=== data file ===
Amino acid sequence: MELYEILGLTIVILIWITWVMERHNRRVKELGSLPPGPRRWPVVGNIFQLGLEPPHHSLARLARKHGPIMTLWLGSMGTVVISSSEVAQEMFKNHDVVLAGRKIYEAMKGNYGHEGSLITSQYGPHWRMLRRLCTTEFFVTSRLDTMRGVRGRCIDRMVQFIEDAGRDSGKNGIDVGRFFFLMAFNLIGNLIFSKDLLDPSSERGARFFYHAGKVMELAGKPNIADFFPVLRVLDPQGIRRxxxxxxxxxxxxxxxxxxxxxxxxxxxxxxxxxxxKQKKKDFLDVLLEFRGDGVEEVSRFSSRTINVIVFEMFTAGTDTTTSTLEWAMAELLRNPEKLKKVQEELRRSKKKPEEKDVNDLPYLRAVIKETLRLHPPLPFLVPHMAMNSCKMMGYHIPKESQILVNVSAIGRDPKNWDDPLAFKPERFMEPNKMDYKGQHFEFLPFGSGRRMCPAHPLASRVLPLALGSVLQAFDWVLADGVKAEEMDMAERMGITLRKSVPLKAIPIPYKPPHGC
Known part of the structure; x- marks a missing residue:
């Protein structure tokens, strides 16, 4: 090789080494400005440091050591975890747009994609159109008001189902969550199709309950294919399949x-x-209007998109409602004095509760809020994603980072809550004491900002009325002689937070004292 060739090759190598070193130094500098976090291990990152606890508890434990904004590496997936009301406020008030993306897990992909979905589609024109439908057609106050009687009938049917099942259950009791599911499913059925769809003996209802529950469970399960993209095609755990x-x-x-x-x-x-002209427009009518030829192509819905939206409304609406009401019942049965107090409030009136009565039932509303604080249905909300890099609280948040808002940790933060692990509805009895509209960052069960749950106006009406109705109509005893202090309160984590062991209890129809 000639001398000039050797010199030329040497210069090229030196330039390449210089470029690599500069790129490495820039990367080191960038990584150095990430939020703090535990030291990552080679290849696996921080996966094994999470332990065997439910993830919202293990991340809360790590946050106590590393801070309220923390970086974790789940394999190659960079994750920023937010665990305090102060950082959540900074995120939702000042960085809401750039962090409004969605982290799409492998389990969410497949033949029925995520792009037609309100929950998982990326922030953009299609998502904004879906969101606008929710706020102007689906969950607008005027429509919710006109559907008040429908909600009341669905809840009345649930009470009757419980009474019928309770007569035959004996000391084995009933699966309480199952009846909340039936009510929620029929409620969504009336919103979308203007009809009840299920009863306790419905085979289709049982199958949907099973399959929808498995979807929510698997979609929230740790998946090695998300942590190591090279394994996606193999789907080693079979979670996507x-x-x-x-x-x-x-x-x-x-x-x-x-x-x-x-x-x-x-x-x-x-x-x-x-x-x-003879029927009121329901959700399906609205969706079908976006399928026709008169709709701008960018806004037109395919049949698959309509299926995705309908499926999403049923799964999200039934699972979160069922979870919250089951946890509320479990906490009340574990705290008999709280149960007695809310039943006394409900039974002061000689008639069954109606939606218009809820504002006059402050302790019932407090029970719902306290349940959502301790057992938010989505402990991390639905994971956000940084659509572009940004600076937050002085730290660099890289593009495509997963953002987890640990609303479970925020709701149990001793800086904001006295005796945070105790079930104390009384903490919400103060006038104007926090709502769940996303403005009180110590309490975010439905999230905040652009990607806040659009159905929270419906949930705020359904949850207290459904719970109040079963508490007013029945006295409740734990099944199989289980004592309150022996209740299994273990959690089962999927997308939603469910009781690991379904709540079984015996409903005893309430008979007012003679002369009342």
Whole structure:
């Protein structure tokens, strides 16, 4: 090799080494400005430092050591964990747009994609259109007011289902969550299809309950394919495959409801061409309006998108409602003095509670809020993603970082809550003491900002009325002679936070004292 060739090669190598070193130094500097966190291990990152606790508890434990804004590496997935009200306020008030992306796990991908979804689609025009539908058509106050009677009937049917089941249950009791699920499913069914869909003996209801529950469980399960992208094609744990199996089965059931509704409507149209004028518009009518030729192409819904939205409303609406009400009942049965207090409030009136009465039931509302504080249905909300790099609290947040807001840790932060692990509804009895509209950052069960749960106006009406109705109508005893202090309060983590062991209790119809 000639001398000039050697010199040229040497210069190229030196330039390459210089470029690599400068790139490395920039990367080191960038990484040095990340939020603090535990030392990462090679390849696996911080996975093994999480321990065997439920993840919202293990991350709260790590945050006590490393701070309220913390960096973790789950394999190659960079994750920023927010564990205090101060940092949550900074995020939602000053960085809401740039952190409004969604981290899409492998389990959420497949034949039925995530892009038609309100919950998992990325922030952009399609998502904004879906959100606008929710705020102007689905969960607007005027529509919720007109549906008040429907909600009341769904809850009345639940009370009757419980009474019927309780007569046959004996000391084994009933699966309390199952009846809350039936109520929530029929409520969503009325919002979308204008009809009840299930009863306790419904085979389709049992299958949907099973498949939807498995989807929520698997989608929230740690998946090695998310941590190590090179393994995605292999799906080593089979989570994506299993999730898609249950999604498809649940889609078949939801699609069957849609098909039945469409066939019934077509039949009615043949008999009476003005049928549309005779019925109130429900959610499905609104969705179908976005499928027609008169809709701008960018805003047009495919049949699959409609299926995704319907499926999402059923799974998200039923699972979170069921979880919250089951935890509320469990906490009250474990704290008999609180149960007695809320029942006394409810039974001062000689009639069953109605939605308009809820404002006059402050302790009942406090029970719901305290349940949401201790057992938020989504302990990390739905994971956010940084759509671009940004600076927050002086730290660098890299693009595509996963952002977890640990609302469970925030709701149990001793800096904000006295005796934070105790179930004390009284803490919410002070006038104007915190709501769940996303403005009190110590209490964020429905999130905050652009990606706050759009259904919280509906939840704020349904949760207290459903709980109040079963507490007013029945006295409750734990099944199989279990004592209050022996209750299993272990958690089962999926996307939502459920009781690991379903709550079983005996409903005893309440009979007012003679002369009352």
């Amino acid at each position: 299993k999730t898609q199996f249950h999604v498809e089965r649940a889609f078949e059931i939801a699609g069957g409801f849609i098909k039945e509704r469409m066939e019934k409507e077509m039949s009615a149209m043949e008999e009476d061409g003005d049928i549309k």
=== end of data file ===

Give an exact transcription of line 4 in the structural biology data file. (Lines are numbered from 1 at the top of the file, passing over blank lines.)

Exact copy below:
Whole structure: